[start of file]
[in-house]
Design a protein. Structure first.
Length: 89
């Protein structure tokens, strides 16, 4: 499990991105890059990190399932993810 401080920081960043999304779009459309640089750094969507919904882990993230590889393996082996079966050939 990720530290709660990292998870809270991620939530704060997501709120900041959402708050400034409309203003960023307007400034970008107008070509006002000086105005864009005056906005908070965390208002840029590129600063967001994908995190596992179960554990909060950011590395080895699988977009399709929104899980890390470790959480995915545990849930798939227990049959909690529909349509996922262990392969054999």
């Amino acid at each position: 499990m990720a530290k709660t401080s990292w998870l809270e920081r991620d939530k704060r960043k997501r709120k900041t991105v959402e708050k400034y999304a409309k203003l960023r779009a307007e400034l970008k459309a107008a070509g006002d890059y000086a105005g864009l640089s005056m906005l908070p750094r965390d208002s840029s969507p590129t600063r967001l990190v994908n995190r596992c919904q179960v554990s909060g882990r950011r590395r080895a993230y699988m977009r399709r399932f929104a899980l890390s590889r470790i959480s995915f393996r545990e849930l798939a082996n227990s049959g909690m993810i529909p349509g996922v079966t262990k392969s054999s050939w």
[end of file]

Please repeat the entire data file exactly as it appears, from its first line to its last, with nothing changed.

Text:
[in-house]
Design a protein. Structure first.
Length: 89
């Protein structure tokens, strides 16, 4: 499990991105890059990190399932993810 401080920081960043999304779009459309640089750094969507919904882990993230590889393996082996079966050939 990720530290709660990292998870809270991620939530704060997501709120900041959402708050400034409309203003960023307007400034970008107008070509006002000086105005864009005056906005908070965390208002840029590129600063967001994908995190596992179960554990909060950011590395080895699988977009399709929104899980890390470790959480995915545990849930798939227990049959909690529909349509996922262990392969054999």
């Amino acid at each position: 499990m990720a530290k709660t401080s990292w998870l809270e920081r991620d939530k704060r960043k997501r709120k900041t991105v959402e708050k400034y999304a409309k203003l960023r779009a307007e400034l970008k459309a107008a070509g006002d890059y000086a105005g864009l640089s005056m906005l908070p750094r965390d208002s840029s969507p590129t600063r967001l990190v994908n995190r596992c919904q179960v554990s909060g882990r950011r590395r080895a993230y699988m977009r399709r399932f929104a899980l890390s590889r470790i959480s995915f393996r545990e849930l798939a082996n227990s049959g909690m993810i529909p349509g996922v079966t262990k392969s054999s050939w």